Not 24 Hours from Tulsa

I have been awake for about 36 hours straight.

I was awake and crying all night. Mindlessly clicking on the laptop.

Some nights my brain chemistry just rebels against my meds and refuses to respond as it should – by sleeping.

At least that’s what I thought.

Turns out Phil, who is usually so reliable, forgot to give me my evening meds.

No quetiapine.

No sleep.

I sit here now, waiting for today’s meds to kick in and give me just a little relaxation and a  little relief.

But I am shaky and nervous.

I hate that at 47 I can’t be trusted with my own meds. That I don’t realise when I haven’t taken them and can’t remember if I did.

I want to scratch away my anxiety. Not the usual tiny repetitive scratches that gradually remove the top few layers of skin in one little spot. No, I want great raking movements. Top to toe.

Making my whole body sing with relief.

I hate the ways my body smells.

I want to shower, but if I do and then I eat, I will smell wrong again and need another shower.

So I wait.

Feeling more and more irrational.

Knowing that today , I am not ‘normal’. Hating myself for my inability to stop acting this way.

Soon, they will bring me some food. Then I can get ready to sleep.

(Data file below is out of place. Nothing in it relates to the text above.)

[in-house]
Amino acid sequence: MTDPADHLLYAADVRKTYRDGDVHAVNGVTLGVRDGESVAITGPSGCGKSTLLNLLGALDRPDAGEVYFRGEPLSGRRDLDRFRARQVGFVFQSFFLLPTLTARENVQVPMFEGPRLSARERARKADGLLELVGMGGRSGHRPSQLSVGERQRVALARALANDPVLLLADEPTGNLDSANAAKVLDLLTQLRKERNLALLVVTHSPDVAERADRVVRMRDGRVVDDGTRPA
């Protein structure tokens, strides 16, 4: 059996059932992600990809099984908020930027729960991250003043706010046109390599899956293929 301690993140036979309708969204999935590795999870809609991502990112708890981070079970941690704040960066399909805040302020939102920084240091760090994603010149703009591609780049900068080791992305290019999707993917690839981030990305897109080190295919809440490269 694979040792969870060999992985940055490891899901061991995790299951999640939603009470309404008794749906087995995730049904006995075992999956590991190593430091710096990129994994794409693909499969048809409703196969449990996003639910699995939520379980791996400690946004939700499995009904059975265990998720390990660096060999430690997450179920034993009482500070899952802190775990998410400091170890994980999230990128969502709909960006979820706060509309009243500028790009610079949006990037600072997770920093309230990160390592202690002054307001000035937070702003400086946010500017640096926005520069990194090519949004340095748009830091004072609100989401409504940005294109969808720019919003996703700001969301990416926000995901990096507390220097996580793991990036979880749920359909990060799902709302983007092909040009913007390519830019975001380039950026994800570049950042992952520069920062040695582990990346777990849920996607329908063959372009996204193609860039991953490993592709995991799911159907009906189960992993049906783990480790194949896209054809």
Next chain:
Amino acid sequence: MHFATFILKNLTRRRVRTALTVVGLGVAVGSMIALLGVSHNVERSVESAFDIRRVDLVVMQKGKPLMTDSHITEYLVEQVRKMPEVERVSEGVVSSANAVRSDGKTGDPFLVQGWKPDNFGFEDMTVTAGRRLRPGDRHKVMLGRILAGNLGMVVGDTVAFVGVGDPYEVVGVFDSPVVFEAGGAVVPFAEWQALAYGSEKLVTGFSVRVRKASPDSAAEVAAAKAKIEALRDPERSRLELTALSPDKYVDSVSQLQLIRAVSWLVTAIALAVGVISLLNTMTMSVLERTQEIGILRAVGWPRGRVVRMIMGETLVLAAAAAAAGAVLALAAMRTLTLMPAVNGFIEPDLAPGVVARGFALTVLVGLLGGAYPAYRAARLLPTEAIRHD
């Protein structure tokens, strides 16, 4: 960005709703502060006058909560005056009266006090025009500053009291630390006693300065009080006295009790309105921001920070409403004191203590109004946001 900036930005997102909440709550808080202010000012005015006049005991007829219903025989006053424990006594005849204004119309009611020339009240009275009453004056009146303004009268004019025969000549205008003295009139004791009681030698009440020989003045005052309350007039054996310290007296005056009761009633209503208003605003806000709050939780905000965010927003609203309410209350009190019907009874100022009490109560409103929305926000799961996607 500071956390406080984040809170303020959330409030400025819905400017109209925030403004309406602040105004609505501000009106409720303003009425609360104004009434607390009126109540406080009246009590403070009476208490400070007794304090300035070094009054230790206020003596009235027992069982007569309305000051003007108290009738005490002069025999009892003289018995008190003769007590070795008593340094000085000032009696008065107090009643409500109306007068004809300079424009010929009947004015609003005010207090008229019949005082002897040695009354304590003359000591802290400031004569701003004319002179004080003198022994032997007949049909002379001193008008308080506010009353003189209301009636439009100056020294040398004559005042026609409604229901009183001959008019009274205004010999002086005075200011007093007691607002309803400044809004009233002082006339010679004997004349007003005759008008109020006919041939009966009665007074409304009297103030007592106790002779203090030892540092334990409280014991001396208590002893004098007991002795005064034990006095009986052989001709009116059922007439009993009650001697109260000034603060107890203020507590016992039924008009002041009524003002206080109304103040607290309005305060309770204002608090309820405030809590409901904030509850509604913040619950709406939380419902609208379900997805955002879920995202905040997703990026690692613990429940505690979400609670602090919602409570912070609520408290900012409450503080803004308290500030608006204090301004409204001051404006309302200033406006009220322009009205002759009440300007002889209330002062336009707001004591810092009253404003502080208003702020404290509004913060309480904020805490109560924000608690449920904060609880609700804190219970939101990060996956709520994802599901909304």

Maybe take some zopiclone.

Maybe a diazepam.

Yes, definitely diazepam.

Without it, this skin won’t scratch itself off.


oops I missed them again!

Last night was a drug- fuelled doozy – diazepam, zopiclone, 200mg quitiapine and still I kept waking up in pain.

Morning comes and I greet the day feeling jittery and scared. That terrible, pit of the stomach, fear that just makes you hold onto yourself tighter and tighter until the trembling stops. But the trembling doesn’t stop.

And then comes THE question … ‘what’s wrong?’

And I sit and sob and cry and snot and try to stop and blub and all that I have been holding in escapes. All the fear and uncertainty , the fear of being afraid,  the uncertainty about it  ever stopping.

My head hurts. My shirt is wet and ‘no, I don’t know what brought this on.’

We have lived together long enough for he who thinks logically and manages my condition much better than me, to usually have an idea at this point.


He has forgotten to give them to me this morning.

I hate that he has to manage my meds (like I have some sort of chronic illness or something) but this happens much more regularly if I am in charge. Also he has to hide the bad boys in constant far of me deciding that today is one day too long for me to be on the planet.

So an astonishing four hours after I usually take them, I am a trembling wreck in the corner.

That is how long it takes for withdrawal to kick in from 225mg slow release venlafaxine people.

Half an hour later and I am my normal, drug- addled calm person.

Is this what I would be without my meds?

Or is it just magnified by the withdrawal process?

I am seriously not ready to find out yet.